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Classic Home Desserts: A Treasury of Heirloom and Contemporary Recipes from Around the World Hardcover – Sep 17 1994


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Hardcover, Sep 17 1994
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Product Details

  • Hardcover: 688 pages
  • Publisher: Houghton Mifflin (Sept. 17 1994)
  • Language: English
  • ISBN-10: 1881527522
  • ISBN-13: 978-1881527527
  • Product Dimensions: 26.2 x 19.3 x 4.8 cm
  • Shipping Weight: 1.7 Kg
  • Average Customer Review: 3.8 out of 5 stars  See all reviews (14 customer reviews)
  • Amazon Bestsellers Rank: #823,547 in Books (See Top 100 in Books)


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Format: Hardcover
"Classic Home Desserts" has a lot of style and character. You'll find historical details on many of the recipes, quotes from interesting people, and useful tips and hints. I particularly love the "Equivalent Pan Sizes" chart. Richard Sax goes into a fair amount of detail about what, for example, a cobbler really is, and how it differs from crisps, brown Bettys, crumbles, pandowdies, and shortcakes.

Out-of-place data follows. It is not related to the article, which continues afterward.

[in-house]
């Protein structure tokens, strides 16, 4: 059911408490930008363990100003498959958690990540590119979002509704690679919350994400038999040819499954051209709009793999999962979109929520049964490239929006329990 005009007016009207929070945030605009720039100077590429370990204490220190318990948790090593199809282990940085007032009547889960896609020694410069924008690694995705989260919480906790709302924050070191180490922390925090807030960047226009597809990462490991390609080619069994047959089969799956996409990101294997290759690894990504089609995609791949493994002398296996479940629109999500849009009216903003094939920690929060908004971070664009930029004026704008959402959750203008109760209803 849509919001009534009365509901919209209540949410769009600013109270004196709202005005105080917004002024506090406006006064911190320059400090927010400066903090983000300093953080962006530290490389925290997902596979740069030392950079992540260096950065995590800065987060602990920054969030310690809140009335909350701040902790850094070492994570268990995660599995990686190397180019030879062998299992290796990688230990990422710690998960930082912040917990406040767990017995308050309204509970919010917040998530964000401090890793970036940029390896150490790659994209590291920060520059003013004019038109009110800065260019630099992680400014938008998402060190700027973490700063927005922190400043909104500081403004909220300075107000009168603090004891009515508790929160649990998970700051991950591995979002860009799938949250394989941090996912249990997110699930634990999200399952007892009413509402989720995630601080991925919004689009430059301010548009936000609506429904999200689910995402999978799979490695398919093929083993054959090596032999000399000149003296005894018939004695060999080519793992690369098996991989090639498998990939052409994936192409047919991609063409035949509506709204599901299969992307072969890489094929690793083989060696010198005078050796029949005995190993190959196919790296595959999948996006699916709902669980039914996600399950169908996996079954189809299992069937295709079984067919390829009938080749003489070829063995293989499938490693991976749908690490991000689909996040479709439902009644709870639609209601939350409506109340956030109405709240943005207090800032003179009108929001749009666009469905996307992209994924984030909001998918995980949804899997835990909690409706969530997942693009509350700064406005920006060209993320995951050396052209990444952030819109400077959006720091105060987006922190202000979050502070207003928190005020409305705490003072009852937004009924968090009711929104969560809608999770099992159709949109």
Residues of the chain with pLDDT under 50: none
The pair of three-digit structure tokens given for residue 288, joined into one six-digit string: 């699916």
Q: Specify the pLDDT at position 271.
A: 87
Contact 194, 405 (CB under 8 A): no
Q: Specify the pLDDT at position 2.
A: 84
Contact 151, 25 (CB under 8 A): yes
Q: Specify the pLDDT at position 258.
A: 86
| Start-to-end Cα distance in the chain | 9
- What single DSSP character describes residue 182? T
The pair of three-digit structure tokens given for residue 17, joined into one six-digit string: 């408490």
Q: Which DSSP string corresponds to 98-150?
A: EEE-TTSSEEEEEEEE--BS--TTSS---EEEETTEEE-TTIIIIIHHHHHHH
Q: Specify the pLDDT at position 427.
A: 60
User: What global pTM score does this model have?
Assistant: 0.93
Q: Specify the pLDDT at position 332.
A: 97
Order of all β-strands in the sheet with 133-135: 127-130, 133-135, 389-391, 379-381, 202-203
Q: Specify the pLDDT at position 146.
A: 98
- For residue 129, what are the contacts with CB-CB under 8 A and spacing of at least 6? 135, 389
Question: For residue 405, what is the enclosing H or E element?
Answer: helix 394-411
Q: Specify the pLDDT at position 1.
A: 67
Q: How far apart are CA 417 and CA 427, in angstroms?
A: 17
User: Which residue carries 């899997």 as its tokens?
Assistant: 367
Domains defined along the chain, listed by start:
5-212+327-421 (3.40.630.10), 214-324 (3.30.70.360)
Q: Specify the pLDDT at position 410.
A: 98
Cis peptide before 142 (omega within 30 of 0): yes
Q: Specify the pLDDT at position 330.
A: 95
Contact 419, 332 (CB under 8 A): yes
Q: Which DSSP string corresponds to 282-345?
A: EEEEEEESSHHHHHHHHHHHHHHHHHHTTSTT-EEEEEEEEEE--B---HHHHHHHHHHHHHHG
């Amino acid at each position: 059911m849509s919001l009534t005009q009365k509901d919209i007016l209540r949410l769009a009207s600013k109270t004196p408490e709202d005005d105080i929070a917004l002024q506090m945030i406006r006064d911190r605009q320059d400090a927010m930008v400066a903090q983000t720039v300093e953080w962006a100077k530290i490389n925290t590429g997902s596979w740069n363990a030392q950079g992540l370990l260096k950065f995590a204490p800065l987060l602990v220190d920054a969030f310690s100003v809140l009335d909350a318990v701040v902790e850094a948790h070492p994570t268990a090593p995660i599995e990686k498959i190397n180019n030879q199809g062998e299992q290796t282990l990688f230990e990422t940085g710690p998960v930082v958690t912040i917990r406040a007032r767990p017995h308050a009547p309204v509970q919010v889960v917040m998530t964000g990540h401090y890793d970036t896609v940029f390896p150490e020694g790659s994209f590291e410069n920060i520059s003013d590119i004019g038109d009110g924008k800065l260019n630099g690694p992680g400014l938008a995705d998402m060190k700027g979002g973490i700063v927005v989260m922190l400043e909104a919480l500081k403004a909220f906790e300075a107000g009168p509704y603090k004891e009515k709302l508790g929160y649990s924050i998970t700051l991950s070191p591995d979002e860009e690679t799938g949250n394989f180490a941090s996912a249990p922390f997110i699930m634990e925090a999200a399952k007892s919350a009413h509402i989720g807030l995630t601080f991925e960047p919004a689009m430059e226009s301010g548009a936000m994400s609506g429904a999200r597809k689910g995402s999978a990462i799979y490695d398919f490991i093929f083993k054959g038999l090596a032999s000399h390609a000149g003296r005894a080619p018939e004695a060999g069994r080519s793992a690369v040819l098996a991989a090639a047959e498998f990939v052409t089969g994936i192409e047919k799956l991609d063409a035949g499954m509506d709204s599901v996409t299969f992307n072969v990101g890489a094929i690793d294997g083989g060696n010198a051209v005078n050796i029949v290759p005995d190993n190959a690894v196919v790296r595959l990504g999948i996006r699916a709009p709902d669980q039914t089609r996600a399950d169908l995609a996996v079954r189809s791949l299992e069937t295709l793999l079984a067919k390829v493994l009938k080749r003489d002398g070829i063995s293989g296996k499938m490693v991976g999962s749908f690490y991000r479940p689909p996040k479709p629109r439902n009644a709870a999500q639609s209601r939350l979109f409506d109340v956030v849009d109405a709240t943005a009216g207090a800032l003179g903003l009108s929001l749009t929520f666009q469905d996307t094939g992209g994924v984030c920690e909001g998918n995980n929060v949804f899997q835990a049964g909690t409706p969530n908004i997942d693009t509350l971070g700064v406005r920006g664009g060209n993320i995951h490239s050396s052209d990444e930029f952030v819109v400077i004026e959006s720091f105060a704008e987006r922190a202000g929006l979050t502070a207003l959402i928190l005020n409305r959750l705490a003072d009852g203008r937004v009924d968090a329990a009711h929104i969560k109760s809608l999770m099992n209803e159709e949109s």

This book is heavy on the fruit; you'll find a recipe for whatever is in season. There are cobblers, crisps, compotes, baked fruit, fools, jellies, fruitcakes, pies, tarts, etc. If it's the dead of winter and you just can't find good fruit, you'll still find plenty to work with. There are puddings, custards, souffles, dumplings, cookies, cakes, coffee cakes, cheesecakes, custard pies, pastries, and so on. And these recipes are good. I really mean *good.* Here I see the huge star we put next to the Mixed Fruit Cobbler. Turn the page and you'll see a gorgeous picture of Panna Cotta and Poached Pears in Merlot Syrup. Yet another large ball-point pen star graces the New Hampshire "Plate Cake."